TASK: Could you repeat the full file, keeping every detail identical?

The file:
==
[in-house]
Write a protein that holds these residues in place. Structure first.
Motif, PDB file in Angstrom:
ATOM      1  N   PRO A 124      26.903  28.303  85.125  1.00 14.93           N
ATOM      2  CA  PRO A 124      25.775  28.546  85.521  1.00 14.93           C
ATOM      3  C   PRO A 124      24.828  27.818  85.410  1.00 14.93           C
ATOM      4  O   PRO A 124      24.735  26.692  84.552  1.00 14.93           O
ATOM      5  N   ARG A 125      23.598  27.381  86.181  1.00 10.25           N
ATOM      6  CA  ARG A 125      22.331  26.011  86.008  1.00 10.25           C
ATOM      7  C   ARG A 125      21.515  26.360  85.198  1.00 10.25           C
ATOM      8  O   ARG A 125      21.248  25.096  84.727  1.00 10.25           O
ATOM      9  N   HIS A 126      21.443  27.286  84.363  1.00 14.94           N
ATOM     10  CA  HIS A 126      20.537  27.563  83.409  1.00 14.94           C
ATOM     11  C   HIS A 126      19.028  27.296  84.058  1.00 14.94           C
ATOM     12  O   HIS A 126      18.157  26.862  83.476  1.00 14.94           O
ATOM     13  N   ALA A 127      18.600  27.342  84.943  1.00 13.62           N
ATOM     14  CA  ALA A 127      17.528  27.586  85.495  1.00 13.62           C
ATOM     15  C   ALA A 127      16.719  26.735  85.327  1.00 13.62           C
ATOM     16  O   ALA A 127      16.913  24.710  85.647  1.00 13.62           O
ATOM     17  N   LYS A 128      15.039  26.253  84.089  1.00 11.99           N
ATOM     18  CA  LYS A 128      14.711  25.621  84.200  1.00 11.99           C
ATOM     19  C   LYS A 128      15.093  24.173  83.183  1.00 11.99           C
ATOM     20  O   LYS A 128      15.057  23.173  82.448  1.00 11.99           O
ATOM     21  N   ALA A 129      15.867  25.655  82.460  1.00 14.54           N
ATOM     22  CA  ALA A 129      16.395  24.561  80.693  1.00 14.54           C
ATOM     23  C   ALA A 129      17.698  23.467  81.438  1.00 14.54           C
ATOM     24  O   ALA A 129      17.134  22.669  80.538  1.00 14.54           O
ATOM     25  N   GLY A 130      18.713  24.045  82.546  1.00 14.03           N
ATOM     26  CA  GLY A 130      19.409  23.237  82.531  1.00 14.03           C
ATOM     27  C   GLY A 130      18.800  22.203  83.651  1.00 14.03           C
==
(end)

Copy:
[in-house]
Write a protein that holds these residues in place. Structure first.
Motif, PDB file in Angstrom:
ATOM      1  N   PRO A 124      26.903  28.303  85.125  1.00 14.93           N
ATOM      2  CA  PRO A 124      25.775  28.546  85.521  1.00 14.93           C
ATOM      3  C   PRO A 124      24.828  27.818  85.410  1.00 14.93           C
ATOM      4  O   PRO A 124      24.735  26.692  84.552  1.00 14.93           O
ATOM      5  N   ARG A 125      23.598  27.381  86.181  1.00 10.25           N
ATOM      6  CA  ARG A 125      22.331  26.011  86.008  1.00 10.25           C
ATOM      7  C   ARG A 125      21.515  26.360  85.198  1.00 10.25           C
ATOM      8  O   ARG A 125      21.248  25.096  84.727  1.00 10.25           O
ATOM      9  N   HIS A 126      21.443  27.286  84.363  1.00 14.94           N
ATOM     10  CA  HIS A 126      20.537  27.563  83.409  1.00 14.94           C
ATOM     11  C   HIS A 126      19.028  27.296  84.058  1.00 14.94           C
ATOM     12  O   HIS A 126      18.157  26.862  83.476  1.00 14.94           O
ATOM     13  N   ALA A 127      18.600  27.342  84.943  1.00 13.62           N
ATOM     14  CA  ALA A 127      17.528  27.586  85.495  1.00 13.62           C
ATOM     15  C   ALA A 127      16.719  26.735  85.327  1.00 13.62           C
ATOM     16  O   ALA A 127      16.913  24.710  85.647  1.00 13.62           O
ATOM     17  N   LYS A 128      15.039  26.253  84.089  1.00 11.99           N
ATOM     18  CA  LYS A 128      14.711  25.621  84.200  1.00 11.99           C
ATOM     19  C   LYS A 128      15.093  24.173  83.183  1.00 11.99           C
ATOM     20  O   LYS A 128      15.057  23.173  82.448  1.00 11.99           O
ATOM     21  N   ALA A 129      15.867  25.655  82.460  1.00 14.54           N
ATOM     22  CA  ALA A 129      16.395  24.561  80.693  1.00 14.54           C
ATOM     23  C   ALA A 129      17.698  23.467  81.438  1.00 14.54           C
ATOM     24  O   ALA A 129      17.134  22.669  80.538  1.00 14.54           O
ATOM     25  N   GLY A 130      18.713  24.045  82.546  1.00 14.03           N
ATOM     26  CA  GLY A 130      19.409  23.237  82.531  1.00 14.03           C
ATOM     27  C   GLY A 130      18.800  22.203  83.651  1.00 14.03           C